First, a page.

‘Writing for Wellbeing’ is a free online creative writing course designed for people to do whether they are self-isolating or social distancing during lockdown and to help support the wellbeing of key workers and the general public in the battle against Covid-19.
Contributors and participants have so far included NHS staff from Alder Hey, Great Ormond Street, Manchester, Sheffield and Edinburgh NHS hospitals and trusts, as well as those shielding for health reasons and generally social-distancing. Participants have reported a boost to their overall sense of wellbeing and said they felt less isolated as a result of being involved in the programme, in addition to learning new creative writing skills.
The Writing for Wellbeing programme is led by PhD candidate Bernadette McBride and Dr Sam Solnick, using research and featuring appearances from academics and writers connected to the University of Liverpool’s Literature and Science Hub and Centre for New and International Writing.
The project was based on a Writing for Wellbeing programme that McBride and Solnick were running at the ‘Life Rooms at the Playhouse Project’ (https://www.liferooms.org/centres/the-life-rooms-at-the-playhouse-theatre/): an initiative between NHS Mersey Care and Everyman and Playhouse Theatres. Once lockdown began, McBride and Solnick then began to make the ‘Writing for Wellbeing’ creative-writing videos online instead opening it up to key workers and those shielding and self-isolating. McBride has previously worked with Alder Hey Children’s Hospital leading a 12-week Writing for Wellbeing course for staff in 2019. She also won the Liverpool Guild award for the ‘Biggest Impact on the City of Liverpool’ for her work championing arts for health projects in the city.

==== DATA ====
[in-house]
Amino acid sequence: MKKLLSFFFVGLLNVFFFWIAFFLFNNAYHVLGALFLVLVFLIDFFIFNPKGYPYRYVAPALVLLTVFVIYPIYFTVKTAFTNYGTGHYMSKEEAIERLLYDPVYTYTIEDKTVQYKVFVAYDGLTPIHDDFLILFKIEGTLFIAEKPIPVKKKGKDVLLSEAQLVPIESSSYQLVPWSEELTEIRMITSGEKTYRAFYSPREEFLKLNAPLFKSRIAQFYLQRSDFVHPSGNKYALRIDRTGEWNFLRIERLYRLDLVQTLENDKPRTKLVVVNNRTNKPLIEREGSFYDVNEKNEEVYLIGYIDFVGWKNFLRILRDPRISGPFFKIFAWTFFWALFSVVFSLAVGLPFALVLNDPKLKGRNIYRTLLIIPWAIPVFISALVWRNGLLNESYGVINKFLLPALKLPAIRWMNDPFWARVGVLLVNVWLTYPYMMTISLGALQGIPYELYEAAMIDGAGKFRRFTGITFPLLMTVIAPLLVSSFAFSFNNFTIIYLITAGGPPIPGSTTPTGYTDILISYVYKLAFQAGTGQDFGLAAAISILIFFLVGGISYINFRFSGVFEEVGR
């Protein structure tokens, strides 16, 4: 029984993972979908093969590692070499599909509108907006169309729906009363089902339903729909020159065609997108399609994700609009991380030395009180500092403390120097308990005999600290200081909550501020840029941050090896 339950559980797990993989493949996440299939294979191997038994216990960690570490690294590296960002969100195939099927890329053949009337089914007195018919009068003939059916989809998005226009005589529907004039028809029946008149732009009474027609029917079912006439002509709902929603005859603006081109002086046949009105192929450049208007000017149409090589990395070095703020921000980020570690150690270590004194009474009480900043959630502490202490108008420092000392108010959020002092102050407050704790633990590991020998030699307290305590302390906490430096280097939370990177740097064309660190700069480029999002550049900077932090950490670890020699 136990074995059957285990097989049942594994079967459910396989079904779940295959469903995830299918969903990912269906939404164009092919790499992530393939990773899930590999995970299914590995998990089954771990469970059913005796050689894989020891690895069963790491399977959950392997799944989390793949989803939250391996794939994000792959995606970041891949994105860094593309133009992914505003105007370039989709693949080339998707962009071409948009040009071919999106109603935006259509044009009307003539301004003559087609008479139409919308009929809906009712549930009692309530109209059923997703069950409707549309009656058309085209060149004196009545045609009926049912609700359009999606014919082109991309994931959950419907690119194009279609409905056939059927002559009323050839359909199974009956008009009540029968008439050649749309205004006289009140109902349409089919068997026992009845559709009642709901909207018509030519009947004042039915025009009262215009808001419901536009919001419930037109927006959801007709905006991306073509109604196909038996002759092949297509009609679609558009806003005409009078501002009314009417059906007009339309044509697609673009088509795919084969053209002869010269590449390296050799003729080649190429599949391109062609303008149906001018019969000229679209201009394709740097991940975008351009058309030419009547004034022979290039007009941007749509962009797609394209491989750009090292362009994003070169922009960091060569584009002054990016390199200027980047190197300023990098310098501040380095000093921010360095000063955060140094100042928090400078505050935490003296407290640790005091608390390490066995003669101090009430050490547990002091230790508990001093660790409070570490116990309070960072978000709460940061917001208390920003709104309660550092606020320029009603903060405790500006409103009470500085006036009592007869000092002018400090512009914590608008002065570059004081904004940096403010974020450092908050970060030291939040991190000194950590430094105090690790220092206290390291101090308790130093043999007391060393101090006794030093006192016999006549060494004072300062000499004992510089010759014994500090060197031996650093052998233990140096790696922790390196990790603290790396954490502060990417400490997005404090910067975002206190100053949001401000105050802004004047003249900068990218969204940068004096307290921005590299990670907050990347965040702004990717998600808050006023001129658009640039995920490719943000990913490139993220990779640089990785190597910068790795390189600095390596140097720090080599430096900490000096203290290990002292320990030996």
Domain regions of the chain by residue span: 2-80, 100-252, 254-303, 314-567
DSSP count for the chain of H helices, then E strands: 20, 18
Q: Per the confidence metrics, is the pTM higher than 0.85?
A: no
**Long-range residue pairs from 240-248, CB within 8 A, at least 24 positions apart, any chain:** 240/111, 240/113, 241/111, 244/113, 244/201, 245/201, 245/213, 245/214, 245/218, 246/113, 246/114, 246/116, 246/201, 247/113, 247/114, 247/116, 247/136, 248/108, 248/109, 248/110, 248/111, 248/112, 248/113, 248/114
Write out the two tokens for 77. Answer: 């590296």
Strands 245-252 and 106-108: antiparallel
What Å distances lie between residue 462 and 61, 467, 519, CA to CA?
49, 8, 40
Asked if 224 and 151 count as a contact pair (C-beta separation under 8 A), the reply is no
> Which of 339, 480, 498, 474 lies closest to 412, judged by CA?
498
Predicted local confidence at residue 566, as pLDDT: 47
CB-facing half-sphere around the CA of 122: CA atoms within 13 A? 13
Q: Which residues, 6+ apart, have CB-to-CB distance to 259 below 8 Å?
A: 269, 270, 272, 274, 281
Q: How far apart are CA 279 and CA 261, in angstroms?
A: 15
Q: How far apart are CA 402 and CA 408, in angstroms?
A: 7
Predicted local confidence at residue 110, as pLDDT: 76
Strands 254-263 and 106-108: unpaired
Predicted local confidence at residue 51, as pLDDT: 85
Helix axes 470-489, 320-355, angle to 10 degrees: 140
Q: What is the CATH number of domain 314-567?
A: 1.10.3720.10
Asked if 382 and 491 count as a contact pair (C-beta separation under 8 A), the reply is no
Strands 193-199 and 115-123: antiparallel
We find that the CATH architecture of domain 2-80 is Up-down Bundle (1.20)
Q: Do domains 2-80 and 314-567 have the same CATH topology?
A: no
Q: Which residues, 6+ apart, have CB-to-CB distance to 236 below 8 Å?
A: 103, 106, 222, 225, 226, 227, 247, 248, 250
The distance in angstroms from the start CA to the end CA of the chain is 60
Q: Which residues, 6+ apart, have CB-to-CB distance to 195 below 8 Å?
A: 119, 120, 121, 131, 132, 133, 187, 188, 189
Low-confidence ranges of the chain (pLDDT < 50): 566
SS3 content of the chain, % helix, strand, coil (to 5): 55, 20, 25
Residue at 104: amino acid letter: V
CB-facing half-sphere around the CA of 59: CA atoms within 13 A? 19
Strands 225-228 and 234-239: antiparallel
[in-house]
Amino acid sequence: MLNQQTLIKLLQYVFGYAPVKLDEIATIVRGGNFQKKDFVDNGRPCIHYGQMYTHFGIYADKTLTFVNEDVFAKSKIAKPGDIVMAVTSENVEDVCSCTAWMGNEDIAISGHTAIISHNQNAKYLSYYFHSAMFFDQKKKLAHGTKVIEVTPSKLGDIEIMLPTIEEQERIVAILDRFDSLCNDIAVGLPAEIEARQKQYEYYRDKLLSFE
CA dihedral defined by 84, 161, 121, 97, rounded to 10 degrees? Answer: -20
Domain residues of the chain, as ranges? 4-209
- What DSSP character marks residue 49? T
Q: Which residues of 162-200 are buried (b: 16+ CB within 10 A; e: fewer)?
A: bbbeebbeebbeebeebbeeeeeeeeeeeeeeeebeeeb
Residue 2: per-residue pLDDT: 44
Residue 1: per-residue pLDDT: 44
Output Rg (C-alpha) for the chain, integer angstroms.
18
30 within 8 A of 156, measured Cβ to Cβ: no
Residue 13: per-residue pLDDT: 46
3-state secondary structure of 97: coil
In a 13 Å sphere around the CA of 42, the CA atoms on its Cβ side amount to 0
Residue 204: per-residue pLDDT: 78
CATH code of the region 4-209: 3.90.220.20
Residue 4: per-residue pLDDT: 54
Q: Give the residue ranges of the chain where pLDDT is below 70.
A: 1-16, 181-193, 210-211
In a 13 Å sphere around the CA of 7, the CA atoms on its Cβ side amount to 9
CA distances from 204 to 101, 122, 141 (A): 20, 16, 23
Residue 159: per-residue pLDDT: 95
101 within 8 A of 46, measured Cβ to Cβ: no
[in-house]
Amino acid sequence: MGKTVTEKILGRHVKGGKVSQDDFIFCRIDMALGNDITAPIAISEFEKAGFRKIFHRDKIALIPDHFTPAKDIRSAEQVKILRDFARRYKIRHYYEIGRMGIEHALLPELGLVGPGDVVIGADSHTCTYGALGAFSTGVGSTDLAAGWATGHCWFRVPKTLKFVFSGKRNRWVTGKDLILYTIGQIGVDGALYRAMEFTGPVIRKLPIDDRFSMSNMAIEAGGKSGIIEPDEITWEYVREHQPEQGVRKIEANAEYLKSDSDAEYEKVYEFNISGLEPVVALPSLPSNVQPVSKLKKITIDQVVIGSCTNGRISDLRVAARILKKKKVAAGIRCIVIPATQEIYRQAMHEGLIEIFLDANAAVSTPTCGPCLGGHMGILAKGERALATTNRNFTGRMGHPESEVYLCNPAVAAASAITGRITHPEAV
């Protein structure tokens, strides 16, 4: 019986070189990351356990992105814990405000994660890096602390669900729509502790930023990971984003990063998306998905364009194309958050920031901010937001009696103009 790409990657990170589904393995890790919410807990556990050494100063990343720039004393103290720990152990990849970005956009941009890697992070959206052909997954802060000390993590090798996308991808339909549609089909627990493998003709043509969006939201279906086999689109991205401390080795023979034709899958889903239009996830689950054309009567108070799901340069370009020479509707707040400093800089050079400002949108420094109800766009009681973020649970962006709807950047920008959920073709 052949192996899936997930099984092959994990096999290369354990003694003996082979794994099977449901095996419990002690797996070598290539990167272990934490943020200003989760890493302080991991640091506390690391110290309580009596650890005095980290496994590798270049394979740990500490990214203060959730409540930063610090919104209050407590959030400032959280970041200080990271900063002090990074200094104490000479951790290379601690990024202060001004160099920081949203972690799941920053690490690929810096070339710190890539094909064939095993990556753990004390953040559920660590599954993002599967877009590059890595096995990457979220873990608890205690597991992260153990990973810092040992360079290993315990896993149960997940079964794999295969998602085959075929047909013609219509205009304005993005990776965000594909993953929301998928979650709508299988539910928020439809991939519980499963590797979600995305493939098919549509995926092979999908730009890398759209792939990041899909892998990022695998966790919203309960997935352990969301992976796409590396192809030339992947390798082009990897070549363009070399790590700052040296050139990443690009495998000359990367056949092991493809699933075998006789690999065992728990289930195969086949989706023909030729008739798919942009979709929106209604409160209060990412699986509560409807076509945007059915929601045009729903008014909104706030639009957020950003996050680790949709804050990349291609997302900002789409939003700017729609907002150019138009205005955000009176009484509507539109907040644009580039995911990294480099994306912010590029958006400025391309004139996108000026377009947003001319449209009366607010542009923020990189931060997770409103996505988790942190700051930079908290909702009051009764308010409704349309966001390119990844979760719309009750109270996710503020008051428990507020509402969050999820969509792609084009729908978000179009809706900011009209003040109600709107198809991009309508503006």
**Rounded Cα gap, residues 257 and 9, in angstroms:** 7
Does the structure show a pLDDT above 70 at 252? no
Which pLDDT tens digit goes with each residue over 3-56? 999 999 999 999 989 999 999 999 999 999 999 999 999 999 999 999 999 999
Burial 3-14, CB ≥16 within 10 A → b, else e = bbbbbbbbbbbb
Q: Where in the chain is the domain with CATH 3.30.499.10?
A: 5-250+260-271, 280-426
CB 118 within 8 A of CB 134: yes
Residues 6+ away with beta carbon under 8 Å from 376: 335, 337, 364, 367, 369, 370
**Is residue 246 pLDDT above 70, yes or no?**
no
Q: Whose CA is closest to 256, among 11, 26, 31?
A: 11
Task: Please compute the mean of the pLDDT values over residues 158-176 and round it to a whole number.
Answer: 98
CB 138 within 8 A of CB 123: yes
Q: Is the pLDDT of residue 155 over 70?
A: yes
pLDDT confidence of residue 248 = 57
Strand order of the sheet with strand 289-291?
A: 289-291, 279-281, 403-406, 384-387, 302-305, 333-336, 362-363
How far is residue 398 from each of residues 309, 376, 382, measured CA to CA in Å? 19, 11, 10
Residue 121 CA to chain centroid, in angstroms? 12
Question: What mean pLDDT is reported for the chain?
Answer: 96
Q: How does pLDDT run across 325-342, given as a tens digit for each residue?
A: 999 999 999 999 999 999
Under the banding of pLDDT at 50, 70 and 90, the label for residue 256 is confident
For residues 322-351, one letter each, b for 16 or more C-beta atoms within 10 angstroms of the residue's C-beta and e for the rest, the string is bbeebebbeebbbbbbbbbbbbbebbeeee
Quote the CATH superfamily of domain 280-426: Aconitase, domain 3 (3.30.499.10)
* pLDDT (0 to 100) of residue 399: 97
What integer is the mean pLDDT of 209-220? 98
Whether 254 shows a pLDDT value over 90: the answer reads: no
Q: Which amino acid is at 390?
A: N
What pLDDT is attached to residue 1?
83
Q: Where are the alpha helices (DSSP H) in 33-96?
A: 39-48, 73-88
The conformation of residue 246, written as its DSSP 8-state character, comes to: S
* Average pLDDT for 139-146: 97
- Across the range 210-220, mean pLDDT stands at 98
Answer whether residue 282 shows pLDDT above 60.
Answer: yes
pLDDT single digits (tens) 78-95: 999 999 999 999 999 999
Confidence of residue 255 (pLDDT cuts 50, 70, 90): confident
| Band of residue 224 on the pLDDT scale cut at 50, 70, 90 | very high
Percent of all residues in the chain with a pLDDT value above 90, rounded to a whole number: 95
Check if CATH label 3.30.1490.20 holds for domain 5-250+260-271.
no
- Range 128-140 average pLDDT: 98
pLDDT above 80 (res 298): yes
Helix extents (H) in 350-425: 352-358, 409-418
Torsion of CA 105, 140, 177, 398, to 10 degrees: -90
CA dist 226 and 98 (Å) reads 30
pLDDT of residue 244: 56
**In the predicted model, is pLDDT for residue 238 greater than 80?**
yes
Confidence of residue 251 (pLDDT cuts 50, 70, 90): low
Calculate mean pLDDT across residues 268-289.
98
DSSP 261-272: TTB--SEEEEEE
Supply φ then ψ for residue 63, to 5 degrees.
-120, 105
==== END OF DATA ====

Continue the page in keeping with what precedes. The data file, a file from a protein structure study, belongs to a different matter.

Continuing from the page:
And now, after three months of lockdown, the course organizers are working with all those who have sent in poetry and prose in response to the course to produce a ‘Writing for Wellbeing’ anthology, which will be published later this summer. All proceeds will go to NHS charities in the Merseyside area.
The anthology is still open for submissions until Friday 17th July 5pm. Anyone can submit as long as their writing responds in some way to one of the course videos on the Writing for Wellbeing website. All of the course materials are still available to view with guidelines on submitting to the anthology here: https://www.liverpool.ac.uk/literature-and-science/wellbeing/anthology/.
Each week of the course had a different theme producing creative writing from varied lockdown subjects from “Hope and Reimagined Futures” to “Voicing Vulnerability.” Participants send their writing in and get personalized feedback and tips from the University’s English department.
Work produced throughout the course has been shared via the Literature and Science Hub twitter account @LitSciHub